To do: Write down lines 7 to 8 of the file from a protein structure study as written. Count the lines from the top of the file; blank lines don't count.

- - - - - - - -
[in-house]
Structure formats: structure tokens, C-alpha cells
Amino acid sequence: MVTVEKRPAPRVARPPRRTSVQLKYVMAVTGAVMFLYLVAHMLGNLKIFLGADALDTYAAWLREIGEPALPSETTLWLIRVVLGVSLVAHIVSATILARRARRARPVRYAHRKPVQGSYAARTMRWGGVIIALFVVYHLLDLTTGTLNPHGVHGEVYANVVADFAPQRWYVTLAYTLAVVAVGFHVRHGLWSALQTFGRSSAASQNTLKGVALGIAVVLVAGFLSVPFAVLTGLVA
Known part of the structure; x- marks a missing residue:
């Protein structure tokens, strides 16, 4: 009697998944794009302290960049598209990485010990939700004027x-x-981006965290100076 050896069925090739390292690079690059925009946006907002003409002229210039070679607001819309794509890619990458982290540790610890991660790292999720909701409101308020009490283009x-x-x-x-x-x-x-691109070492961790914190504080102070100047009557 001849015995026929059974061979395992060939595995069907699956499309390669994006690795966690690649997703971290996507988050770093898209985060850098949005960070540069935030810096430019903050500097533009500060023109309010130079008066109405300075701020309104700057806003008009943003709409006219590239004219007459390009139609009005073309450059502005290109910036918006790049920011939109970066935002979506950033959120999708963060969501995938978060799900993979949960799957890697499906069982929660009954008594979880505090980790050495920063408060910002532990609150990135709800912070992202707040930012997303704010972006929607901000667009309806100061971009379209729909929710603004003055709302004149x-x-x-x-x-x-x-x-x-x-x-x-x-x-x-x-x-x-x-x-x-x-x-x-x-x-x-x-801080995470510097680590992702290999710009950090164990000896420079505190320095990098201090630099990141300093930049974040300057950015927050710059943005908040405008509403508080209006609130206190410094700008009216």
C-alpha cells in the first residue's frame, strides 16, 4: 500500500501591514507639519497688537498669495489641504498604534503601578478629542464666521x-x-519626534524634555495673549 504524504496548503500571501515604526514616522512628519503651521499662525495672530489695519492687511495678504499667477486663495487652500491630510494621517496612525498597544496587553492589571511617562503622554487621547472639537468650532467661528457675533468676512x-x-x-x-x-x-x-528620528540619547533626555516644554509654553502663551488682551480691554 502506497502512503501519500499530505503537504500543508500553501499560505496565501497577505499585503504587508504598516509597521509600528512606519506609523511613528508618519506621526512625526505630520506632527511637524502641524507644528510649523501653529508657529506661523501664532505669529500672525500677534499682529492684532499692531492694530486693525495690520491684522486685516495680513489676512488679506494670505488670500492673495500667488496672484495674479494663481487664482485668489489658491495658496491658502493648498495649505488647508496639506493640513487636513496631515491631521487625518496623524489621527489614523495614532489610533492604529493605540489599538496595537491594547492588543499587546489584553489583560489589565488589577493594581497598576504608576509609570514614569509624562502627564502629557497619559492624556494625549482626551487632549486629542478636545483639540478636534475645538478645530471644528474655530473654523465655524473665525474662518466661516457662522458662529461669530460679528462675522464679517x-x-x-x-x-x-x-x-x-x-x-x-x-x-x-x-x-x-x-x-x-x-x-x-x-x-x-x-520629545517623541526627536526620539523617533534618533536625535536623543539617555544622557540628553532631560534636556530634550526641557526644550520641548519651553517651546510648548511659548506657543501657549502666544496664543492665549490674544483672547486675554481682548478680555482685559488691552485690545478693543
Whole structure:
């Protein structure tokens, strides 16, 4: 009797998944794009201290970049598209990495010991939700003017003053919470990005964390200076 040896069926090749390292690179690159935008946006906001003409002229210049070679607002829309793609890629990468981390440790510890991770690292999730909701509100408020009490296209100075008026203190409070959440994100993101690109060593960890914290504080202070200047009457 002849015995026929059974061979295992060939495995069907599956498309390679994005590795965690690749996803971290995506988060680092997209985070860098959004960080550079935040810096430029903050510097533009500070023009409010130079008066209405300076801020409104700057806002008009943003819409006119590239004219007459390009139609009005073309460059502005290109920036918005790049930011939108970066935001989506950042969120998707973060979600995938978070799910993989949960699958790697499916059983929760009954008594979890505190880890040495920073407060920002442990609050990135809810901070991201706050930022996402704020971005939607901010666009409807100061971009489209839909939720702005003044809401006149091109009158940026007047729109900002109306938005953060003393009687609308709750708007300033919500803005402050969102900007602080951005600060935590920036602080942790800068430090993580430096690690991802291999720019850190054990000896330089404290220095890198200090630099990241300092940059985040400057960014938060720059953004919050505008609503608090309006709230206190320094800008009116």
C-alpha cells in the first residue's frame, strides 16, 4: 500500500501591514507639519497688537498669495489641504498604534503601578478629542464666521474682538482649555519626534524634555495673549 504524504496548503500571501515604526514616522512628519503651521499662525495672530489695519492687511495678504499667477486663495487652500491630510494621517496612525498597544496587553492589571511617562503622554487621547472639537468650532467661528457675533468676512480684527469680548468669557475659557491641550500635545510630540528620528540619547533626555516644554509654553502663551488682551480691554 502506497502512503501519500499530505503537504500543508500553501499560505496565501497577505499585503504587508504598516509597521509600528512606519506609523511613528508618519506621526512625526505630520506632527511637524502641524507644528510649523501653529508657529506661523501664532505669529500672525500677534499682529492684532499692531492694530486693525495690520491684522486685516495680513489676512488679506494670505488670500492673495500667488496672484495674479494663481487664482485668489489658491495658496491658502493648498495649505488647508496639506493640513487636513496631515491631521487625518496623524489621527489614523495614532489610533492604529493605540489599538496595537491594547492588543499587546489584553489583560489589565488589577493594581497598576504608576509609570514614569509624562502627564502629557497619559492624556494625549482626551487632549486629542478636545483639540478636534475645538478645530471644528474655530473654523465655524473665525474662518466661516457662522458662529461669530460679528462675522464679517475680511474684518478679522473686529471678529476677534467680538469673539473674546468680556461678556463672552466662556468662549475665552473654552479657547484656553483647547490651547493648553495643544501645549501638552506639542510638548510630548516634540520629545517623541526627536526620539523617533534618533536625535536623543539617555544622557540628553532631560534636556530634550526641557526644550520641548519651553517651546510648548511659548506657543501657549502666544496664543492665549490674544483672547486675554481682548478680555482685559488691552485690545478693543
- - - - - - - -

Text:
Whole structure:
């Protein structure tokens, strides 16, 4: 009797998944794009201290970049598209990495010991939700003017003053919470990005964390200076 040896069926090749390292690179690159935008946006906001003409002229210049070679607002829309793609890629990468981390440790510890991770690292999730909701509100408020009490296209100075008026203190409070959440994100993101690109060593960890914290504080202070200047009457 002849015995026929059974061979295992060939495995069907599956498309390679994005590795965690690749996803971290995506988060680092997209985070860098959004960080550079935040810096430029903050510097533009500070023009409010130079008066209405300076801020409104700057806002008009943003819409006119590239004219007459390009139609009005073309460059502005290109920036918005790049930011939108970066935001989506950042969120998707973060979600995938978070799910993989949960699958790697499916059983929760009954008594979890505190880890040495920073407060920002442990609050990135809810901070991201706050930022996402704020971005939607901010666009409807100061971009489209839909939720702005003044809401006149091109009158940026007047729109900002109306938005953060003393009687609308709750708007300033919500803005402050969102900007602080951005600060935590920036602080942790800068430090993580430096690690991802291999720019850190054990000896330089404290220095890198200090630099990241300092940059985040400057960014938060720059953004919050505008609503608090309006709230206190320094800008009116």